Luke P

11:12 AM, 11th September 2019
About 6 days ago

Reply to the comment left by Mike at 11/09/2019 - 10:57I don’t disagree with the theory, but BTL houses are governed by their own special legislation and ‘normal’ rules applied elsewhere (e.g. ship’s cabins) do not apply…not least of all because a cabin is not your main residence.

I spend a great deal of time informing new LL clients that things in this industry do not operate how they would expect or with common sense or in the same way one would apply logic to most other situations.

reader

11:24 AM, 11th September 2019
About 6 days ago

Dear Lilia,

If the solicitor for your purchase appropriately checked out the ASTs all you need to do to 'transfer' them is serve a notice under the Housing Act. If you want to increase rents you can use S13 notice, amongst other ways, but watch for the traps. If you want to change other terms once again there are appropriate notices. Take quality advice from a professional. There are many things to check on buying a property with existing ASTs incl: arrears rent, if LHA or UC rent claims are made, all the prerequisites to establish AST, confirmation of terms from tenant, confirmation of rent arrears, authority from tenant to discuss claims with the local authority etc etc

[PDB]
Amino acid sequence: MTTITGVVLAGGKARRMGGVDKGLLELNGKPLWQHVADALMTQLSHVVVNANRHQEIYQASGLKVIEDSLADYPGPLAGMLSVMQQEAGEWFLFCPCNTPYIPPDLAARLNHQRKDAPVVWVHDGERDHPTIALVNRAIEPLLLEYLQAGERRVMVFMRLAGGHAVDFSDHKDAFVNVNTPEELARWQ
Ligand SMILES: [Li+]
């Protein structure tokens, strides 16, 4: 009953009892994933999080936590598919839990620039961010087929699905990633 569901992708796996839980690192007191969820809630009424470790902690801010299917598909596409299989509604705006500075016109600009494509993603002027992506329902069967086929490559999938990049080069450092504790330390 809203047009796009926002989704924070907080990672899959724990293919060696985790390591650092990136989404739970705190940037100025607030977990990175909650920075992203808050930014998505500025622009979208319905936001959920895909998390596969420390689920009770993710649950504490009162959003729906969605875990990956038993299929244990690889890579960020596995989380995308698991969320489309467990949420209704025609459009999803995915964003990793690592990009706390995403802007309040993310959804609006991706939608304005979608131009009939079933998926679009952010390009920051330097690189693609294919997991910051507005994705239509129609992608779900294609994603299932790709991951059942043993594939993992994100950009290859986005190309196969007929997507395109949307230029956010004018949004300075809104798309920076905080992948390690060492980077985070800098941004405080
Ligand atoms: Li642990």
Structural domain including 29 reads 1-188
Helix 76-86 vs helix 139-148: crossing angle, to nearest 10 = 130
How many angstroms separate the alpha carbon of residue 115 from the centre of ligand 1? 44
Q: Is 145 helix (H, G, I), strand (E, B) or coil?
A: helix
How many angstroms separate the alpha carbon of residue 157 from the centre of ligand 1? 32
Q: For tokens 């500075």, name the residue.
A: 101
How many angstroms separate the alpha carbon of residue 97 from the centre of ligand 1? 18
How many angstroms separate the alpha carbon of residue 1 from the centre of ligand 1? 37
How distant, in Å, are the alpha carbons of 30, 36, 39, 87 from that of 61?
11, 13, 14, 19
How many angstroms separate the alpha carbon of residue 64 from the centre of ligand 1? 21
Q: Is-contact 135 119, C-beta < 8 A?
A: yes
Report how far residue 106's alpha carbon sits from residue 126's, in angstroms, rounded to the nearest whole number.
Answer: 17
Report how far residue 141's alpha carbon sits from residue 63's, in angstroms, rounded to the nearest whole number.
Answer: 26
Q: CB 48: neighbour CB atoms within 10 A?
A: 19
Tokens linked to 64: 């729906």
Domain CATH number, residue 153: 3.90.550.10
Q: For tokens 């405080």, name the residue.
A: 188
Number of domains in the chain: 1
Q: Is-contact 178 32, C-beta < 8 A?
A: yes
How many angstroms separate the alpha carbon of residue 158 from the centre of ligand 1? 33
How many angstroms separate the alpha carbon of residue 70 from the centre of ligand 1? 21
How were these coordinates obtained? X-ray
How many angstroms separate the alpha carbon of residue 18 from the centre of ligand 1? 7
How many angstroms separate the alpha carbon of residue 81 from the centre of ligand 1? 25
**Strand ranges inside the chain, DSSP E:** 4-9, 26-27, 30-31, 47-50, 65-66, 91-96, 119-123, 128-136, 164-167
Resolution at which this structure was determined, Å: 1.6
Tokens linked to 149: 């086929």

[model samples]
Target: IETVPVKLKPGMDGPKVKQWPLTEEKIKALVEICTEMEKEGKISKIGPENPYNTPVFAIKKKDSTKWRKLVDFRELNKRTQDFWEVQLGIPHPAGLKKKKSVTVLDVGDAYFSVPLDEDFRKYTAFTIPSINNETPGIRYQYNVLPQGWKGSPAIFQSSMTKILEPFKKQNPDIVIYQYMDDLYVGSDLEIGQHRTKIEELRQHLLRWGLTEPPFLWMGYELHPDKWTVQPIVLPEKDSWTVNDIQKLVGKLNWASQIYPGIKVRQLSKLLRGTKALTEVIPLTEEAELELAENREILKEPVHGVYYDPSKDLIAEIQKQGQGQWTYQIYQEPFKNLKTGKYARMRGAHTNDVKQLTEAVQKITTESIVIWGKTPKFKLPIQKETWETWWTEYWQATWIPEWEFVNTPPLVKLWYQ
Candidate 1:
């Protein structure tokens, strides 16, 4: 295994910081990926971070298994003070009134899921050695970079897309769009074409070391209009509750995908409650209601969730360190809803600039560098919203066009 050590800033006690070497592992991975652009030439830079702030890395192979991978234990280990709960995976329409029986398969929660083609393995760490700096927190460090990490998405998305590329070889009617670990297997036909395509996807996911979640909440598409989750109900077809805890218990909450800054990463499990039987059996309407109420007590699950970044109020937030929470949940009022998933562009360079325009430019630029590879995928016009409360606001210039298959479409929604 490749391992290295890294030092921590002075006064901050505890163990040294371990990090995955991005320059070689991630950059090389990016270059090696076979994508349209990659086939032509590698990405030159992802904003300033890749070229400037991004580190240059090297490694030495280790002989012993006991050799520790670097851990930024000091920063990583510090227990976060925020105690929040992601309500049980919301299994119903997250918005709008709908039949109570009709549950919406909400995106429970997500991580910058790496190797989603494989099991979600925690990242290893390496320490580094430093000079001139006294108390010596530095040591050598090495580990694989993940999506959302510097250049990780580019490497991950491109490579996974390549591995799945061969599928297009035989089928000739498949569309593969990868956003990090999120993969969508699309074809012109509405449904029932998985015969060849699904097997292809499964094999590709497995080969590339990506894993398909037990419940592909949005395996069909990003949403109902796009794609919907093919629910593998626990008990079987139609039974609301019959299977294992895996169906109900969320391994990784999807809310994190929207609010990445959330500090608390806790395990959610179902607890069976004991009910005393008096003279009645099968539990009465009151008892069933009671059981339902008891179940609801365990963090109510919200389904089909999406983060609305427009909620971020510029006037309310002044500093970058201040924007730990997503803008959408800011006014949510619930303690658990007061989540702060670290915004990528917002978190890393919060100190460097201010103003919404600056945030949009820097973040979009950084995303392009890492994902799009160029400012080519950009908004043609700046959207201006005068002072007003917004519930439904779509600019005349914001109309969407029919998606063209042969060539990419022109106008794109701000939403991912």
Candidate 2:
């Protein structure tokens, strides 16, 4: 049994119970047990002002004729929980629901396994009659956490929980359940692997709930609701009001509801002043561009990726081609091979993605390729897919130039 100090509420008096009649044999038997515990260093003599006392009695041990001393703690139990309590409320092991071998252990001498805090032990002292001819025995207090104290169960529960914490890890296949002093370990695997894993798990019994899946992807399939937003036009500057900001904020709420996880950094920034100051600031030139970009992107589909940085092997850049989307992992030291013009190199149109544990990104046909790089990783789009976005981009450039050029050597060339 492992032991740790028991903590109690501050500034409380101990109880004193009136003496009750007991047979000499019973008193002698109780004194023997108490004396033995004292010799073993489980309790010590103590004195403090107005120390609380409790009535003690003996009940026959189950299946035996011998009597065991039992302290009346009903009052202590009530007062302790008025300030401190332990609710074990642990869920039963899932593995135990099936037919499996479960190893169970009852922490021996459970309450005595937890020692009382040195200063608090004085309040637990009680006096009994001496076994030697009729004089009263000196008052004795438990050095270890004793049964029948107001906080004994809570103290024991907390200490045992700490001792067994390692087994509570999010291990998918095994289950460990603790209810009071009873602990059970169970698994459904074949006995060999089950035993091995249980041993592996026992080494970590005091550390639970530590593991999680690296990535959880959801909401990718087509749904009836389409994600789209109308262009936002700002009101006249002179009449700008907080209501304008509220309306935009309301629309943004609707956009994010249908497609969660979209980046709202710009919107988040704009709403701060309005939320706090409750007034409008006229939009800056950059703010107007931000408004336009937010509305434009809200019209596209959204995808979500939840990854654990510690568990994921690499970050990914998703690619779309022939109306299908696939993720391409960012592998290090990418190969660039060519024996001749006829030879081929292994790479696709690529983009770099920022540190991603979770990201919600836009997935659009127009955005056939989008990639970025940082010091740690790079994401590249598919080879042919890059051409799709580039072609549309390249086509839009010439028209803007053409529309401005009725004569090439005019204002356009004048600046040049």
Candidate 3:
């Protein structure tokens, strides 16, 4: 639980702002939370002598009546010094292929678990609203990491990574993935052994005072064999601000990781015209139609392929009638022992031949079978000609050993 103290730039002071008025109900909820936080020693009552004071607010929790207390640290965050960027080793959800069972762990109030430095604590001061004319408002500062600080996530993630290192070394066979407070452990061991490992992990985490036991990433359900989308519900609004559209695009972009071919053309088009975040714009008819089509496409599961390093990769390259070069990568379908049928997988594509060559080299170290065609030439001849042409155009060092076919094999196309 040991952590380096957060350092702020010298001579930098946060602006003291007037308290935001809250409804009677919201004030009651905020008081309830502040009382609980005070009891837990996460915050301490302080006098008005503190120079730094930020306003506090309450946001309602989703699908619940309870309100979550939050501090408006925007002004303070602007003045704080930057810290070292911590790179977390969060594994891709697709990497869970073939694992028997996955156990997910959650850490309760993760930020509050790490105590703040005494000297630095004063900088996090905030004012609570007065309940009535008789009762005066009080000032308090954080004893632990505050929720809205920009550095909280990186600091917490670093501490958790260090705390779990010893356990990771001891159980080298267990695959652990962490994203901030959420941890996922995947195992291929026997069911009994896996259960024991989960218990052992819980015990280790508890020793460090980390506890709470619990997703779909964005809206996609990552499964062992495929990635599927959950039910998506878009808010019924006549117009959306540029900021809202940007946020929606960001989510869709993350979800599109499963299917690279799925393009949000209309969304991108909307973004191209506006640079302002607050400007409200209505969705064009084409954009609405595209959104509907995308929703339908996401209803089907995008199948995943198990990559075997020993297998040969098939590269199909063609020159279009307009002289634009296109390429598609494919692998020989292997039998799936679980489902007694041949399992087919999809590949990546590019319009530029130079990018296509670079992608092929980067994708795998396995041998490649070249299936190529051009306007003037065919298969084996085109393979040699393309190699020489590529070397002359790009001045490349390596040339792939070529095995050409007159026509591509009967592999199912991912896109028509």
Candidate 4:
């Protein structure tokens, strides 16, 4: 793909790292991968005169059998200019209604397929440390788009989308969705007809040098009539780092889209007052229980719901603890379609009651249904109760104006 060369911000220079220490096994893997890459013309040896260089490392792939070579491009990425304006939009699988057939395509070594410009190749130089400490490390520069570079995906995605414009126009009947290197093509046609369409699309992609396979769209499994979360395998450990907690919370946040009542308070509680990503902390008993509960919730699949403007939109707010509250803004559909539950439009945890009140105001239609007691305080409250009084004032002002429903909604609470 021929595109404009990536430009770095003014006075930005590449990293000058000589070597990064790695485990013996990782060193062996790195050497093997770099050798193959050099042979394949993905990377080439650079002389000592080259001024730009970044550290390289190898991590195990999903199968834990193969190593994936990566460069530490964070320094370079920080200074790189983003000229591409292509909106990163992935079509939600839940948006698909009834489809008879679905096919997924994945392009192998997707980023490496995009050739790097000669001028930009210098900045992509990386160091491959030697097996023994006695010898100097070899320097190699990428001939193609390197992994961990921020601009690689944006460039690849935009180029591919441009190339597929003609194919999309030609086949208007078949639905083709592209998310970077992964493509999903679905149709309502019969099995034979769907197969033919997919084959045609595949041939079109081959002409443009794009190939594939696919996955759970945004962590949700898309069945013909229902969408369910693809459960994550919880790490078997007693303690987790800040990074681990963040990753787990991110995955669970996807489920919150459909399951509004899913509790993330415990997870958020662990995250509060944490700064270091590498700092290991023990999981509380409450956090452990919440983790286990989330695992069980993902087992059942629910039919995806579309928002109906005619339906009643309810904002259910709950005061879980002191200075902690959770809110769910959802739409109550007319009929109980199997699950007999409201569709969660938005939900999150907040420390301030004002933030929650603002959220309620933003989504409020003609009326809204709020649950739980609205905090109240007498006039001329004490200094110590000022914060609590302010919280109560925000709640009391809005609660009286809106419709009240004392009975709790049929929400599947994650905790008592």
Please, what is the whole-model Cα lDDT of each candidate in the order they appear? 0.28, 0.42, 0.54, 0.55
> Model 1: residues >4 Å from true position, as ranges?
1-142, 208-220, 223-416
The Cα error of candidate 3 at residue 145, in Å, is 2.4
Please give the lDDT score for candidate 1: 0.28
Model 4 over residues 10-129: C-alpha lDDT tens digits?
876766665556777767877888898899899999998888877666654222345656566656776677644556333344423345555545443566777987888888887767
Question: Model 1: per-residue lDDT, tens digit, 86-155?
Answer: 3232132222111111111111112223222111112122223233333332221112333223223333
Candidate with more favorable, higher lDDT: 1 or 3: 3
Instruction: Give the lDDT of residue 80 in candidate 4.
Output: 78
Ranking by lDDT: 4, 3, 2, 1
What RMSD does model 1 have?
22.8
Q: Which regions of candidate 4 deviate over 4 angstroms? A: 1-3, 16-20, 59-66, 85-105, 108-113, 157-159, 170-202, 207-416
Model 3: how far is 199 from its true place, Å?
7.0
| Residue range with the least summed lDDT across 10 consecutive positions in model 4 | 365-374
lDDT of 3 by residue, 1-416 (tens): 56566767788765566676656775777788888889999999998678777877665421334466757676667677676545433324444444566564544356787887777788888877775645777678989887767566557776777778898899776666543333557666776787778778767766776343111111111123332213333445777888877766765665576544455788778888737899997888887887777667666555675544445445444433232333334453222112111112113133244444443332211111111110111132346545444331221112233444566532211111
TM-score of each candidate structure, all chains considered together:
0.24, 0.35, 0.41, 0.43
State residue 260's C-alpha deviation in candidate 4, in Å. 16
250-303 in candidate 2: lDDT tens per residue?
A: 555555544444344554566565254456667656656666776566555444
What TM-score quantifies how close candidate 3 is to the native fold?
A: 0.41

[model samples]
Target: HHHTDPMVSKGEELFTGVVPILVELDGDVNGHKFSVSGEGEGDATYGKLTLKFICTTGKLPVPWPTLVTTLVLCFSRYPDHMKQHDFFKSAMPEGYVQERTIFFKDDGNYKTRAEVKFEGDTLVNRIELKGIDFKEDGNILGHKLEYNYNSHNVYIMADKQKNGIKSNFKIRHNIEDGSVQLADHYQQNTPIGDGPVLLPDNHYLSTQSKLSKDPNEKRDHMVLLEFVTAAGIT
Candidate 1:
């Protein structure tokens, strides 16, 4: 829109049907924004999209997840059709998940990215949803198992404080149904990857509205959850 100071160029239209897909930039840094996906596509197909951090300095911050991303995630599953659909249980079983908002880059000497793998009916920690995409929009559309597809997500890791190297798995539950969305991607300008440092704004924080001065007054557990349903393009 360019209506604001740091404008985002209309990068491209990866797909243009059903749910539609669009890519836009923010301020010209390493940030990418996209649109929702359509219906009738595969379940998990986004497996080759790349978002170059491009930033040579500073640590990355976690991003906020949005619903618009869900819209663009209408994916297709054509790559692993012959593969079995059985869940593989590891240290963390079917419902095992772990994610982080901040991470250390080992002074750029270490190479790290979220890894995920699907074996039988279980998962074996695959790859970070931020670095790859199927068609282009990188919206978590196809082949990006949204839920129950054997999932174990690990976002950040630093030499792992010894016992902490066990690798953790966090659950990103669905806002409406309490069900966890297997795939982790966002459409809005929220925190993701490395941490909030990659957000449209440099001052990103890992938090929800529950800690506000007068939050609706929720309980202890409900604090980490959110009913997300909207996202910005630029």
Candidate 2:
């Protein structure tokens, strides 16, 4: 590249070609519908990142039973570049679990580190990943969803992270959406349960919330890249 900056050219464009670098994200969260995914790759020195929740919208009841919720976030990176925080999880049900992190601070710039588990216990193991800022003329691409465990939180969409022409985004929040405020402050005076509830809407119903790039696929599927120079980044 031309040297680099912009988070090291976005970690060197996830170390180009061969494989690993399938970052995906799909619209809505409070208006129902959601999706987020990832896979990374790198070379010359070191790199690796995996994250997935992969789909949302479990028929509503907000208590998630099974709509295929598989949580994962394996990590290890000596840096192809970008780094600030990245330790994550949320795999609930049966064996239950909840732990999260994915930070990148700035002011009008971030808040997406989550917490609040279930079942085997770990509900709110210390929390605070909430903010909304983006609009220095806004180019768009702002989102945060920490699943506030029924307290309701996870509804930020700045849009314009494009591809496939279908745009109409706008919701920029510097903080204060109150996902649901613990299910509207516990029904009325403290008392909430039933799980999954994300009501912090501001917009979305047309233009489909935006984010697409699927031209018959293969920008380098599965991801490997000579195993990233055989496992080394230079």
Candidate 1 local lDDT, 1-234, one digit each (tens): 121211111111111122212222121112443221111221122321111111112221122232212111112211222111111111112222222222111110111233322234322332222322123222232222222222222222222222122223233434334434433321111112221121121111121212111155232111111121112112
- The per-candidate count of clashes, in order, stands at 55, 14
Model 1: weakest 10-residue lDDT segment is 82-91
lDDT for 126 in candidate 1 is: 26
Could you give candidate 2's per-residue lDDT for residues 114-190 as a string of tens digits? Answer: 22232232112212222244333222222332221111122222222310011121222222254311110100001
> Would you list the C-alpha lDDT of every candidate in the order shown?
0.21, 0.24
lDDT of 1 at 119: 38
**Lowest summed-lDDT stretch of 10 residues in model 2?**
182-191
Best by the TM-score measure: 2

One of my blocks the tenants are locked out of the boiler room on others the on site manager has a key. All such rooms are fully safe and secure and meet HHSRS considerations.

Luke P

11:39 AM, 11th September 2019
About 6 days ago

Reply to the comment left by at 11/09/2019 - 11:24
You can’t use s.13 if they’re contractually periodic…